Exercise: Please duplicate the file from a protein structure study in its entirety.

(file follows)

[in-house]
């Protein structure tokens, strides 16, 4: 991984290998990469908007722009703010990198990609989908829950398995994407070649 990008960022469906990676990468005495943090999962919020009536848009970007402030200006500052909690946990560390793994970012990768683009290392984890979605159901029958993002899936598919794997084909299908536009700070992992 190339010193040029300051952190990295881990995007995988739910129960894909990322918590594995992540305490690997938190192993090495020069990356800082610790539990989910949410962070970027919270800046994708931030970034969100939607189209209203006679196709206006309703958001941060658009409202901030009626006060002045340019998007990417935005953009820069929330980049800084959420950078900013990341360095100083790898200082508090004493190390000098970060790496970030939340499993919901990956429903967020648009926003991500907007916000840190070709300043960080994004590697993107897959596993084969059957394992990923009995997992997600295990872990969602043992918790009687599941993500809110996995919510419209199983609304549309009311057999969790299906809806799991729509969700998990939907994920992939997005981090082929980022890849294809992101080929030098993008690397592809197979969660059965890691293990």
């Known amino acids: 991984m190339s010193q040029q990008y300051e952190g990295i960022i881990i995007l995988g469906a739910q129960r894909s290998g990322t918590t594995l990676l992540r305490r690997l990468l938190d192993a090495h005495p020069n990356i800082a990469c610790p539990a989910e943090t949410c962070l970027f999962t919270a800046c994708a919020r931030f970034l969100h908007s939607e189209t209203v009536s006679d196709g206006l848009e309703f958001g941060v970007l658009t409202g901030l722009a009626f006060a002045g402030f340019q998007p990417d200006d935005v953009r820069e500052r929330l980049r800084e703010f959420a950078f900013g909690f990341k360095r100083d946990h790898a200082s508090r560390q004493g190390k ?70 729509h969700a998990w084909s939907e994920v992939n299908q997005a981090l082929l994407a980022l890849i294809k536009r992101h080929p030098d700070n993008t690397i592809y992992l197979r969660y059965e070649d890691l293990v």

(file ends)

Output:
[in-house]
């Protein structure tokens, strides 16, 4: 991984290998990469908007722009703010990198990609989908829950398995994407070649 990008960022469906990676990468005495943090999962919020009536848009970007402030200006500052909690946990560390793994970012990768683009290392984890979605159901029958993002899936598919794997084909299908536009700070992992 190339010193040029300051952190990295881990995007995988739910129960894909990322918590594995992540305490690997938190192993090495020069990356800082610790539990989910949410962070970027919270800046994708931030970034969100939607189209209203006679196709206006309703958001941060658009409202901030009626006060002045340019998007990417935005953009820069929330980049800084959420950078900013990341360095100083790898200082508090004493190390000098970060790496970030939340499993919901990956429903967020648009926003991500907007916000840190070709300043960080994004590697993107897959596993084969059957394992990923009995997992997600295990872990969602043992918790009687599941993500809110996995919510419209199983609304549309009311057999969790299906809806799991729509969700998990939907994920992939997005981090082929980022890849294809992101080929030098993008690397592809197979969660059965890691293990």
């Known amino acids: 991984m190339s010193q040029q990008y300051e952190g990295i960022i881990i995007l995988g469906a739910q129960r894909s290998g990322t918590t594995l990676l992540r305490r690997l990468l938190d192993a090495h005495p020069n990356i800082a990469c610790p539990a989910e943090t949410c962070l970027f999962t919270a800046c994708a919020r931030f970034l969100h908007s939607e189209t209203v009536s006679d196709g206006l848009e309703f958001g941060v970007l658009t409202g901030l722009a009626f006060a002045g402030f340019q998007p990417d200006d935005v953009r820069e500052r929330l980049r800084e703010f959420a950078f900013g909690f990341k360095r100083d946990h790898a200082s508090r560390q004493g190390k ?70 729509h969700a998990w084909s939907e994920v992939n299908q997005a981090l082929l994407a980022l890849i294809k536009r992101h080929p030098d700070n993008t690397i592809y992992l197979r969660y059965e070649d890691l293990v």